Travis Scott announces event safety initiative following Astroworld tragedy
He has also pledged almost $5 million for community outreach programs
Travis Scott has now unveiled a new initiative called Project HEAL, following the tragedy at his Astroworld Festival in November 2021.
Project HEAL is a “multi-tier, long-term series of community-focused philanthropy and investment efforts," according to a statement.
It will include the A Waymon Webster HBCU scholarship fund, an expansion of the CACT.US Youth Design Center, free mental health resources, and the United States Conference of Mayors Task Force on Event Safety are among the four components of the effort.
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The US Conference of Mayors Task Force on Event Safety, according to Project HEAL's website, will bring together stakeholders from government, public safety, emergency response, health care, event management, music, and technology sectors to examine the safety problems of large-scale events.
He has officially pledged almost $5 million in community outreach programs through his initiative for struggling youth — according to reports from Variety.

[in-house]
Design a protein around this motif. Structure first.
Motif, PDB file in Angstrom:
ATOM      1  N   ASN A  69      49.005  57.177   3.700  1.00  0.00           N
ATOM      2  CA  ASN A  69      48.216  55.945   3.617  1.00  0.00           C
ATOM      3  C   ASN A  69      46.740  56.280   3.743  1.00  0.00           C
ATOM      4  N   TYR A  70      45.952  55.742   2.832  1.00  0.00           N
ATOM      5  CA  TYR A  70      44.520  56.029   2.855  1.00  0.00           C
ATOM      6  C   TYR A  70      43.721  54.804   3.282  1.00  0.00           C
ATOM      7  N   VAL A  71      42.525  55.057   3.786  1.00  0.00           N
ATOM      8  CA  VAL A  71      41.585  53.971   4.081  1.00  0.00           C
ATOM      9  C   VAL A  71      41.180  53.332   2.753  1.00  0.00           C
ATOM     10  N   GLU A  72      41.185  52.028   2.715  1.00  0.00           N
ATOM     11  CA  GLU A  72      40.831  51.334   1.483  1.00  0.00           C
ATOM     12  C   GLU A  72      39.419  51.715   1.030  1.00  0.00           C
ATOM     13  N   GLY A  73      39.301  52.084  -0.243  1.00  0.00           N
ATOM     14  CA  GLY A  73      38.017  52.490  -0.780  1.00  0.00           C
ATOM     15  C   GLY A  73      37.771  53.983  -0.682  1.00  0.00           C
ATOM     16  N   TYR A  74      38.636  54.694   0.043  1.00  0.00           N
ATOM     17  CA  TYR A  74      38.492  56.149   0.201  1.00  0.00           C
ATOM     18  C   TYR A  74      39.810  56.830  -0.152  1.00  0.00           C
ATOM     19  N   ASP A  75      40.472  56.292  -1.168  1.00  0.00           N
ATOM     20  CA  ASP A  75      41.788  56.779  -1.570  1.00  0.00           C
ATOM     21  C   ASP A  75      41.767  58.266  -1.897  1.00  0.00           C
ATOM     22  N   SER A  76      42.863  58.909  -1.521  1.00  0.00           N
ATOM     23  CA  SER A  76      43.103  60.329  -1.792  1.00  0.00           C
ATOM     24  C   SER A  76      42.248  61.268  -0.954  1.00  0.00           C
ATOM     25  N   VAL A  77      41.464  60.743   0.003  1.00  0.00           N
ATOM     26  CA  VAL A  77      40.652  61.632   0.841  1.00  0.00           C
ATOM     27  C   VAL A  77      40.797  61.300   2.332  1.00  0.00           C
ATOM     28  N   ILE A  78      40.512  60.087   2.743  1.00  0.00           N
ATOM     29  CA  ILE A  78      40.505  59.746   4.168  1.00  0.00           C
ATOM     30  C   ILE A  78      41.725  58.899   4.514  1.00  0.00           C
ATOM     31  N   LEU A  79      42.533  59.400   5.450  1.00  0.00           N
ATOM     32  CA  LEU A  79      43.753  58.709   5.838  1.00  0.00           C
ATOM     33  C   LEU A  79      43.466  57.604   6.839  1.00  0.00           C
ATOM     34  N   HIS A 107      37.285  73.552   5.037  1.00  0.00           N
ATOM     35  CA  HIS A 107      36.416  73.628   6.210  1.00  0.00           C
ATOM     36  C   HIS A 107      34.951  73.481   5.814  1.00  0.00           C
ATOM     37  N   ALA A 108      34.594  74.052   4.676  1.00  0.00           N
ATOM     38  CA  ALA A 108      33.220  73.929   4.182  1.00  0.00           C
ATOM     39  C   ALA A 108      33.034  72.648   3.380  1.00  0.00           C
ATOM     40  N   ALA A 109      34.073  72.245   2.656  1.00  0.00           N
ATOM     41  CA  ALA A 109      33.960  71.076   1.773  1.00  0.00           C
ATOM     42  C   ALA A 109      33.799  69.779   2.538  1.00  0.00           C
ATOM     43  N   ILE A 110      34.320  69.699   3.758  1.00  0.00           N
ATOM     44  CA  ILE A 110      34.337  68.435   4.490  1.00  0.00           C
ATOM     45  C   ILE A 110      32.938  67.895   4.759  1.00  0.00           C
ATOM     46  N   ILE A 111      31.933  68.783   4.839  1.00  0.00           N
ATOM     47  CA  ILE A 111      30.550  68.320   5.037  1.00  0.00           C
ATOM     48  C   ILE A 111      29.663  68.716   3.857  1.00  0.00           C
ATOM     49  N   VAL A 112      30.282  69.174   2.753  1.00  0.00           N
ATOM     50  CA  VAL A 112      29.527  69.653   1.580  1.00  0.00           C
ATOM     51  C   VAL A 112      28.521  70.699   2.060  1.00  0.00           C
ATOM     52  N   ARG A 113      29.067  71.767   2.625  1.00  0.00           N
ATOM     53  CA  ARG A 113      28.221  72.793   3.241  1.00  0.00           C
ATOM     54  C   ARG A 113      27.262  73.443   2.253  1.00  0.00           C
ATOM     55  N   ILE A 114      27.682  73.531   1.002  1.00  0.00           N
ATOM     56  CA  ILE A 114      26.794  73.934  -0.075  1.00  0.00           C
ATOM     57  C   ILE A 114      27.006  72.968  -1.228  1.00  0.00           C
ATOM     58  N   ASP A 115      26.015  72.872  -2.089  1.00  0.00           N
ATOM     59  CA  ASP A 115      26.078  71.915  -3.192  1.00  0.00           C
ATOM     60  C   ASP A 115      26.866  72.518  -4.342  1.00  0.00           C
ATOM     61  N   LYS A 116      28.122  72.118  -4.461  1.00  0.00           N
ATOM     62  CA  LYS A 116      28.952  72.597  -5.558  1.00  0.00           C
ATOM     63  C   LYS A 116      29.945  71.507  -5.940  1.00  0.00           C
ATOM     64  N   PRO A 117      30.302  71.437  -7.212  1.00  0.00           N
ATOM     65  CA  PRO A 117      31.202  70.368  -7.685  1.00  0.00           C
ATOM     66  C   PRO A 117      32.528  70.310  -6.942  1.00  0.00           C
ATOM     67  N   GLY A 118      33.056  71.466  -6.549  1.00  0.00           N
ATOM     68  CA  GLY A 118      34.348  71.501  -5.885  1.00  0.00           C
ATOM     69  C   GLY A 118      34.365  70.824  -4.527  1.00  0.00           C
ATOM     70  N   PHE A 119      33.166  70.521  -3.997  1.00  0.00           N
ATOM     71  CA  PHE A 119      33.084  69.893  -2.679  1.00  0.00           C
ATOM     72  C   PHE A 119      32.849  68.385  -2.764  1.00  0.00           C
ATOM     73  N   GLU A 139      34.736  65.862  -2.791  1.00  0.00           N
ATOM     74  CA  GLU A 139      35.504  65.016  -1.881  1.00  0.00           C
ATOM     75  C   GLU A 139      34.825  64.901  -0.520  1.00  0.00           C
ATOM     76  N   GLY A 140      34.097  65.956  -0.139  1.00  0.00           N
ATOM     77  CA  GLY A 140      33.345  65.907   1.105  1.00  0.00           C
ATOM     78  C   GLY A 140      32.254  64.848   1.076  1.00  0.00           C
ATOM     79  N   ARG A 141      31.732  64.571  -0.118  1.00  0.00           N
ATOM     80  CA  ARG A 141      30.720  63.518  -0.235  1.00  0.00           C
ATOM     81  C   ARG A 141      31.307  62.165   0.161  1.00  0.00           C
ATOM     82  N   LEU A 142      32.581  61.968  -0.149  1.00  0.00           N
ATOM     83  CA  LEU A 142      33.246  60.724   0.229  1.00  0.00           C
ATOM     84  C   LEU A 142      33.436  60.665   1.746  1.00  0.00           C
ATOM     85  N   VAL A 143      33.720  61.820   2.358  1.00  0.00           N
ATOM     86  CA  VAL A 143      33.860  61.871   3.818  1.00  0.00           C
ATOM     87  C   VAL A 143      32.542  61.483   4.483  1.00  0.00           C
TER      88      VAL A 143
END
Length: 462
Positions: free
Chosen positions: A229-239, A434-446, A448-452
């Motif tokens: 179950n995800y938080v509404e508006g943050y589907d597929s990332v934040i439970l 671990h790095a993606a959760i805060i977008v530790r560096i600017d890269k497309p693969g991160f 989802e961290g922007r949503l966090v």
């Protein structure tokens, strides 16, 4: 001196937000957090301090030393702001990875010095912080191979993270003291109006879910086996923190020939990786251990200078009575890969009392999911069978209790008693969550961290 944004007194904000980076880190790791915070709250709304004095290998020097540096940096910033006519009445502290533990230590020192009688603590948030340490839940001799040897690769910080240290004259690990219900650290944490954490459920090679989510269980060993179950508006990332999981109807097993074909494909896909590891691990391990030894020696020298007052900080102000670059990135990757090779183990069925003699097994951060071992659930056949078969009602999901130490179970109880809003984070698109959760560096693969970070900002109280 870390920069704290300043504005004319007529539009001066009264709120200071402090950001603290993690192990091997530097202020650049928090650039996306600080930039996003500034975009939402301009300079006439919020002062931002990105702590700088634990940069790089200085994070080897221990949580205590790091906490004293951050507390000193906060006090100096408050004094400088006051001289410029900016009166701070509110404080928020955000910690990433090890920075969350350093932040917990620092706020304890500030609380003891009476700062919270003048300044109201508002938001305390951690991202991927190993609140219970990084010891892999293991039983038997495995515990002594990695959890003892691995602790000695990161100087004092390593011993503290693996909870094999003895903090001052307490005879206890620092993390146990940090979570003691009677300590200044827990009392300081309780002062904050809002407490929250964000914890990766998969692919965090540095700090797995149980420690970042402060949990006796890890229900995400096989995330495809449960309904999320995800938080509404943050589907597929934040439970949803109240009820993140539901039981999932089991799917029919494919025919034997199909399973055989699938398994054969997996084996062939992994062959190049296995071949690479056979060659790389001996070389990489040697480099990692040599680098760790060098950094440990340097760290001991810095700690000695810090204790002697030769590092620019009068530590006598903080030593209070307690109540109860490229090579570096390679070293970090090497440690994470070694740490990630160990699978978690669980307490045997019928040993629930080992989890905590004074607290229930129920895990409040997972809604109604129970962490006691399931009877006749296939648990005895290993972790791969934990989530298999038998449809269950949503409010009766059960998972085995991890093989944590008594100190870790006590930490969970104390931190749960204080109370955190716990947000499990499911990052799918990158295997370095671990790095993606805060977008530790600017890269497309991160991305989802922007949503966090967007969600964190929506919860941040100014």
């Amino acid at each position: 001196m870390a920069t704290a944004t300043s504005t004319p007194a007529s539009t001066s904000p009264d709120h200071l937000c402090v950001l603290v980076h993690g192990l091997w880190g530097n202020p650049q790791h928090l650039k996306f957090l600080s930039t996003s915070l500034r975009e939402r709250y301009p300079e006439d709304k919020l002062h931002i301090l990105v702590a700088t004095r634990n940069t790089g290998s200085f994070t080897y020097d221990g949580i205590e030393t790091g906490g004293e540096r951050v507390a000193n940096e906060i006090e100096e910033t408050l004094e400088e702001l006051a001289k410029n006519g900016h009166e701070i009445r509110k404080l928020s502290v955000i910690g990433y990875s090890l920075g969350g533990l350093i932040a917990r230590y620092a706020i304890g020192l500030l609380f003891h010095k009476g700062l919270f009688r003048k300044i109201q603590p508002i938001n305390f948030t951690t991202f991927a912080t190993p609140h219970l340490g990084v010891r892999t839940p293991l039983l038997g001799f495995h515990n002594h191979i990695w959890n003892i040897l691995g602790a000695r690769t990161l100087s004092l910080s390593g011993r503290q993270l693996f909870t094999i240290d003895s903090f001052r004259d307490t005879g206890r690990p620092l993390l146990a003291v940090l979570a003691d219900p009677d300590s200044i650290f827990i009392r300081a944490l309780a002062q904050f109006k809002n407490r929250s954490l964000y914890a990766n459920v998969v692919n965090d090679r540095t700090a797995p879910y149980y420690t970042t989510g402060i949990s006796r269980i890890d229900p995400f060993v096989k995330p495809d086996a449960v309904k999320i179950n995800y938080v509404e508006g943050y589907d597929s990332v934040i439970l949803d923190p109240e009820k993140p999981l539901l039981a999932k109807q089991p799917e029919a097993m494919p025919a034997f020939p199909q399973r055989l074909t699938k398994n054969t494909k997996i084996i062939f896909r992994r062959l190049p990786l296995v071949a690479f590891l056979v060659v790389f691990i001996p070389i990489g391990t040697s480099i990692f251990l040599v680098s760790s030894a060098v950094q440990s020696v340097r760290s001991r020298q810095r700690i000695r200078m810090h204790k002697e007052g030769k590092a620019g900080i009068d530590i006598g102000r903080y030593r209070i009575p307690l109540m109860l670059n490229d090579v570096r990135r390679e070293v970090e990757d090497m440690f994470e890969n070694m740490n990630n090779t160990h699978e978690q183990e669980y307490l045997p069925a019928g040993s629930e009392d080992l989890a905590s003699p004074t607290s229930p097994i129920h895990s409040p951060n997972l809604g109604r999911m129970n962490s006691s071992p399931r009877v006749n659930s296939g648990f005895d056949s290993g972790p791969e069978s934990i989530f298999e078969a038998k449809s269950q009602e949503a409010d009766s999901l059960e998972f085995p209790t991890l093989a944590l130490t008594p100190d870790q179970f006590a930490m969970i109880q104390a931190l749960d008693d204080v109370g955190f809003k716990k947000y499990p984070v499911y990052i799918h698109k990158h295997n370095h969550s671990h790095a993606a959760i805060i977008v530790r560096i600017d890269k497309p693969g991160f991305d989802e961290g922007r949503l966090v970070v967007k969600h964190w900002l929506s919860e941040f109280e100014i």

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In an Instagram caption, Scott wrote: "Over the past few months I’ve been taking the time and space to grieve, reflect and do my part to heal my community. Most importantly, I want to use my resources and platform moving forward towards actionable change. This will be a lifelong journey for me and my family.
"My team and I created Project HEAL to take much needed action towards supporting real solutions that make all events the safest spaces they can possibly be. I will always honor the victims of the Astroworld tragedy who remain in my heart forever."
The first night of Astroworld 2021 ended in a "mass casualty incident" that left ten individuals dead from compression asphyxia and hundreds wounded, according to authorities.
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According to Houston Fire Chief Samuel Pea during a news conference following the concert, the incident started as the audience began to push towards the front of the stage, producing panic and injury.
Scott claimed he had no knowledge people were being injured while he was performing. "Of course, everything kind of sounds the same, and, at the end of the day, you just hear music," he said when asked whether he couldn't tell the difference between danger and crowd enthusiasm in a Charlamagne tha God interview.
Read this next: Family of nine-year-old Astroworld victim rejects Travis Scott’s offer to cover funeral costs
Astroworld attendees have filed various lawsuits against the rapper, Live Nation, and other groups. Live Nation is also being investigated by the House Oversight and Reform Committee for its handling of the festival.
Aneesa Ahmed is Mixmag's Digital Intern, follow her on Twitter